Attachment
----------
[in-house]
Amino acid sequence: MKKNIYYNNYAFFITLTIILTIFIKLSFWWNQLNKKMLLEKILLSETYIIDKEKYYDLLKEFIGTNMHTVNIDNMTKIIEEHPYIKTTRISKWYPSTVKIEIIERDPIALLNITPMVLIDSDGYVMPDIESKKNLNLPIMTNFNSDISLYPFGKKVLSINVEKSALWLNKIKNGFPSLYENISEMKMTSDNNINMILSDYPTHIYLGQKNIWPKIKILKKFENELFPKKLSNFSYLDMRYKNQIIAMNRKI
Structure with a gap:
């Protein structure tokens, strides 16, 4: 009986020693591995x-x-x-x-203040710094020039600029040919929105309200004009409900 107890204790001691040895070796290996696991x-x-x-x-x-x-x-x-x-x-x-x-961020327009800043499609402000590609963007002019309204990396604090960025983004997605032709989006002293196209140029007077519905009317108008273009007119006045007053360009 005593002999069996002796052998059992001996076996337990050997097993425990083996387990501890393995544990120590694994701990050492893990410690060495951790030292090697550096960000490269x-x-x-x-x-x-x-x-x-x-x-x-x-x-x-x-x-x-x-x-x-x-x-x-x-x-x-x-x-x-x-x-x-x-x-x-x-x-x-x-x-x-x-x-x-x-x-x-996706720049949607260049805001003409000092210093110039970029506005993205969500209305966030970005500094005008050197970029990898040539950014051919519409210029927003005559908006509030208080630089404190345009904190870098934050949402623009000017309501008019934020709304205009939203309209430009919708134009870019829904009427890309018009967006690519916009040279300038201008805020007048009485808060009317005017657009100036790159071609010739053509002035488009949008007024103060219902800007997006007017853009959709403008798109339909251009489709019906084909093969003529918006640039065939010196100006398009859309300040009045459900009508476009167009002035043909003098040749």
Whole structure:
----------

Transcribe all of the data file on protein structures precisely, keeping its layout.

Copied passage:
[in-house]
Amino acid sequence: MKKNIYYNNYAFFITLTIILTIFIKLSFWWNQLNKKMLLEKILLSETYIIDKEKYYDLLKEFIGTNMHTVNIDNMTKIIEEHPYIKTTRISKWYPSTVKIEIIERDPIALLNITPMVLIDSDGYVMPDIESKKNLNLPIMTNFNSDISLYPFGKKVLSINVEKSALWLNKIKNGFPSLYENISEMKMTSDNNINMILSDYPTHIYLGQKNIWPKIKILKKFENELFPKKLSNFSYLDMRYKNQIIAMNRKI
Structure with a gap:
């Protein structure tokens, strides 16, 4: 009986020693591995x-x-x-x-203040710094020039600029040919929105309200004009409900 107890204790001691040895070796290996696991x-x-x-x-x-x-x-x-x-x-x-x-961020327009800043499609402000590609963007002019309204990396604090960025983004997605032709989006002293196209140029007077519905009317108008273009007119006045007053360009 005593002999069996002796052998059992001996076996337990050997097993425990083996387990501890393995544990120590694994701990050492893990410690060495951790030292090697550096960000490269x-x-x-x-x-x-x-x-x-x-x-x-x-x-x-x-x-x-x-x-x-x-x-x-x-x-x-x-x-x-x-x-x-x-x-x-x-x-x-x-x-x-x-x-x-x-x-x-996706720049949607260049805001003409000092210093110039970029506005993205969500209305966030970005500094005008050197970029990898040539950014051919519409210029927003005559908006509030208080630089404190345009904190870098934050949402623009000017309501008019934020709304205009939203309209430009919708134009870019829904009427890309018009967006690519916009040279300038201008805020007048009485808060009317005017657009100036790159071609010739053509002035488009949008007024103060219902800007997006007017853009959709403008798109339909251009489709019906084909093969003529918006640039065939010196100006398009859309300040009045459900009508476009167009002035043909003098040749």
Whole structure: